Teachers shouldn’t correct pupils work where they have merely made a careless mistake, according to research – mark the error, don’t worry about correcting it. Instead, research advises teachers to focus on areas where pupils show an underlying misunderstanding. The latter is likely to be a chronic or habitual issue, while the former would be an occasional lapse, so a good old-fashioned cross beside silly mistakes is as good as anything.  

Don't Grade Every Piece of Work

Pupils tend to focus disproportionately on the grade and are less likely to take note of the formative advice. The research in this area is complex, but most studies agree that having a grade and a comment can lessen the impact of the comments.  

STOP Doing the "Tick and Flick"

There’s pretty much no evidence to suggest that acknowledgement marking (the tick-and-flick- approach) has any impact. The Oxford report concludes that this form of marking “could be reduced without any negative effect on students’ progress”. Generic praise can fall into this category. A quick “well done” or “good effort” might feel like it is not timeconsuming, but multiplied over several sets of books this endeavour can really clock up the minutes without adding much impact because pupils often are not clear on exactly which part, they have done well in. The report proposes pupils can detect insincerity too, so better to save your red ink for something more specific and genuine.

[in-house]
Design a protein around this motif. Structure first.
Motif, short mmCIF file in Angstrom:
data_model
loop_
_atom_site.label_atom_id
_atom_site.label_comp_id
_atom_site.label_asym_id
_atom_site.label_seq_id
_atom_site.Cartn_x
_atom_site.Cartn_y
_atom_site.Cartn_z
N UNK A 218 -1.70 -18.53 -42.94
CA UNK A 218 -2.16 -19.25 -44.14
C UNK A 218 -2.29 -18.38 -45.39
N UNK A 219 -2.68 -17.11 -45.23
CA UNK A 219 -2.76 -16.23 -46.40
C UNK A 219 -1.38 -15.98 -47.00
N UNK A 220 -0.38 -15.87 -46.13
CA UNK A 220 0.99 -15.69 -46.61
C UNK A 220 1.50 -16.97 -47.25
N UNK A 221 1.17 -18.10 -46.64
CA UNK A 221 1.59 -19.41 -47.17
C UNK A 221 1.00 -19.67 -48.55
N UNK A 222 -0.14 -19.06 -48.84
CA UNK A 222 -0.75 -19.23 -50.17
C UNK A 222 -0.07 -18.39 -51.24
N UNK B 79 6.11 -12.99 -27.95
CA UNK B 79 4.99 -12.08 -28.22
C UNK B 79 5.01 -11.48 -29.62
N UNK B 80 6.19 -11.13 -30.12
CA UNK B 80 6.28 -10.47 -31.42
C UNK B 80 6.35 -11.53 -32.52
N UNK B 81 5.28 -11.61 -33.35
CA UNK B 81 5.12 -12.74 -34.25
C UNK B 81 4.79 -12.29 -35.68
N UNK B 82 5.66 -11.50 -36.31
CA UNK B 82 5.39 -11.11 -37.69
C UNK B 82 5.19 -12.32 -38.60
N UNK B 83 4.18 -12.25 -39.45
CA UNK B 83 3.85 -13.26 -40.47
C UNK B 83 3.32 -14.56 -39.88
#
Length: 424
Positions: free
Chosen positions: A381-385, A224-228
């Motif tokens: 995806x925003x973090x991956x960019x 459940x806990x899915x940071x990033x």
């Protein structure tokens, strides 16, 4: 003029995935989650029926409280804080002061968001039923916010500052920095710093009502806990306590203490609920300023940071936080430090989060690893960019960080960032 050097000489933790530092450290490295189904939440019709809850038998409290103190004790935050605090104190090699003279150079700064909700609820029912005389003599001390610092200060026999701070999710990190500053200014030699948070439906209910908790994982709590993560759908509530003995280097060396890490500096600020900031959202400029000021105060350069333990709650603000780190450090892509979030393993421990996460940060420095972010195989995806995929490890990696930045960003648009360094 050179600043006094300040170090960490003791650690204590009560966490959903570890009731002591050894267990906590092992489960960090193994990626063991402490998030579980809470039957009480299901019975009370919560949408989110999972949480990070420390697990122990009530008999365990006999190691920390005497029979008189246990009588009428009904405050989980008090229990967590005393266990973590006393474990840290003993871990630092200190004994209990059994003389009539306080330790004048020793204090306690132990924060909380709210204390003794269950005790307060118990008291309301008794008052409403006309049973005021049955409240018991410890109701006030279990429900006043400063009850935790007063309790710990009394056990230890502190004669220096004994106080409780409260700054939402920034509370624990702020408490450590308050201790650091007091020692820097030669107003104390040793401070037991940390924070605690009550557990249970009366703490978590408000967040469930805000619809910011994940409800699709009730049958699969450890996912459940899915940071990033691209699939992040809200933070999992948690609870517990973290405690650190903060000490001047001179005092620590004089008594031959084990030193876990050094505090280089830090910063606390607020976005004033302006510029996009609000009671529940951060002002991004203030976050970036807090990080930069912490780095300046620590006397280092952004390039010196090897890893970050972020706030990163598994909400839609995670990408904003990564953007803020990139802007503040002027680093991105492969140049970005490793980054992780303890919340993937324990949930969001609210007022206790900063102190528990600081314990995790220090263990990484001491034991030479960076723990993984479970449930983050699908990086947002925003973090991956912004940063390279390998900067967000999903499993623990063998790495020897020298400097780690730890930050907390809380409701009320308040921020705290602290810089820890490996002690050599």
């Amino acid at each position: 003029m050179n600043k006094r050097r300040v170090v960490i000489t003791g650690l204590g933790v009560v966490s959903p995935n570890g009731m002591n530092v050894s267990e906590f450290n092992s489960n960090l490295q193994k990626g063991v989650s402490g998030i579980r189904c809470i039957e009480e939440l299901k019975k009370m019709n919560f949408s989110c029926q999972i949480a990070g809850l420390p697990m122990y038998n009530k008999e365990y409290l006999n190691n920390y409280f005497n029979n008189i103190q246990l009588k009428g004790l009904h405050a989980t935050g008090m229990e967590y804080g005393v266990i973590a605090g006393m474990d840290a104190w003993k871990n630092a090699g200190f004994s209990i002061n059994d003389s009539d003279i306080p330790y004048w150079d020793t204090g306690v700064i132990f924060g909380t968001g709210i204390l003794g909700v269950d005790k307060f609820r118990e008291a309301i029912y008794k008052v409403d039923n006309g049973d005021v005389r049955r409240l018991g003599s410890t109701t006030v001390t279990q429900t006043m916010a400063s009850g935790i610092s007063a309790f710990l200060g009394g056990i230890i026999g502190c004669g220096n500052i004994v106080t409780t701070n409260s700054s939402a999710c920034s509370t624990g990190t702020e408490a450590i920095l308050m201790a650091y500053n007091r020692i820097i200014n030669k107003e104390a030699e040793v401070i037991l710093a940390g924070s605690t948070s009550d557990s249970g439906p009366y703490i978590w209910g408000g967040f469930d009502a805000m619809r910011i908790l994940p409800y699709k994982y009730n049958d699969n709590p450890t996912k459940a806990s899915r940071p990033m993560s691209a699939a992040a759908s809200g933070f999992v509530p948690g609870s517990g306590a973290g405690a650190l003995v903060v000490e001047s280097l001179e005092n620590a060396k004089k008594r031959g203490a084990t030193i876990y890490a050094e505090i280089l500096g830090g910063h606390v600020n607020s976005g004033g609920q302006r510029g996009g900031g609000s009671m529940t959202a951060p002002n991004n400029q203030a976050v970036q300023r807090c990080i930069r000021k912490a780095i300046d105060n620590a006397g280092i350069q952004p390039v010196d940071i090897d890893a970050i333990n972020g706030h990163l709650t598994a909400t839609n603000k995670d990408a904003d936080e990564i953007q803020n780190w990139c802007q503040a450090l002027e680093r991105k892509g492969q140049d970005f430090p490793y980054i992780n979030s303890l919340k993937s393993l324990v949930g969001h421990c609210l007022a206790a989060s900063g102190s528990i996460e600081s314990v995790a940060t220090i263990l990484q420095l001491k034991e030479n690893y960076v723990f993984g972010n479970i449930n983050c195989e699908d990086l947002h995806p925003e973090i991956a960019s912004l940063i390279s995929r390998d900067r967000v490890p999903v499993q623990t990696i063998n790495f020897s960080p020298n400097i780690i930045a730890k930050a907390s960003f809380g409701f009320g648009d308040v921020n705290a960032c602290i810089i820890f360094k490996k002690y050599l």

Be Led By Pupils' Needs

The DfE report is clear that marking should be led by pupils’ needs rather than a mechanistic timetable. (Easier said than done if your school imposes such a timetable, of course). Schools can also obsess over consistency between teams and departments, but the guidance is equally clear that this can be as simple as having “consistently high standards”. Variation in practice was led by pupils’ needs, which is perfectly acceptable.  

Don't Believe Misconceptions About Ofsted

Ofsted, like and perceived villains tend to generate a lot of rumours and misunderstandings. The guidance, though, is clear; they have no specific expectations in terms of frequency, type or volume of marking. They do, however, expect to see teachers adhering to their school’s assessment policy, so this is another one that relies on leadership. 

Change the Culture

It’s easy to martyr mentality to creep into staffrooms. This holds that the more time you spend marking, the better a teacher you are. It’s a truth worth stating – publicly if you’re in leadership – that neither time nor words count nor leaving work late equal effectiveness.

Realise that Marking is NOT the " Be All And End All"

In a hyper-accountable system, written marking has become the big beast of feedback, in part because it can easily be checked. But the pendulum is starting to swing the other way. The workload review group report states that its aim is to “shrink the importance that marking has gained over other forms of feedback”. It even says: “If the hours spent do not have the commensurate impact on student progress, stop (doing) it”. You have been told! 

How do you approach the mountain of ever-growing marking? Do you have any helpful techniques you could share? Post them in the comments down below…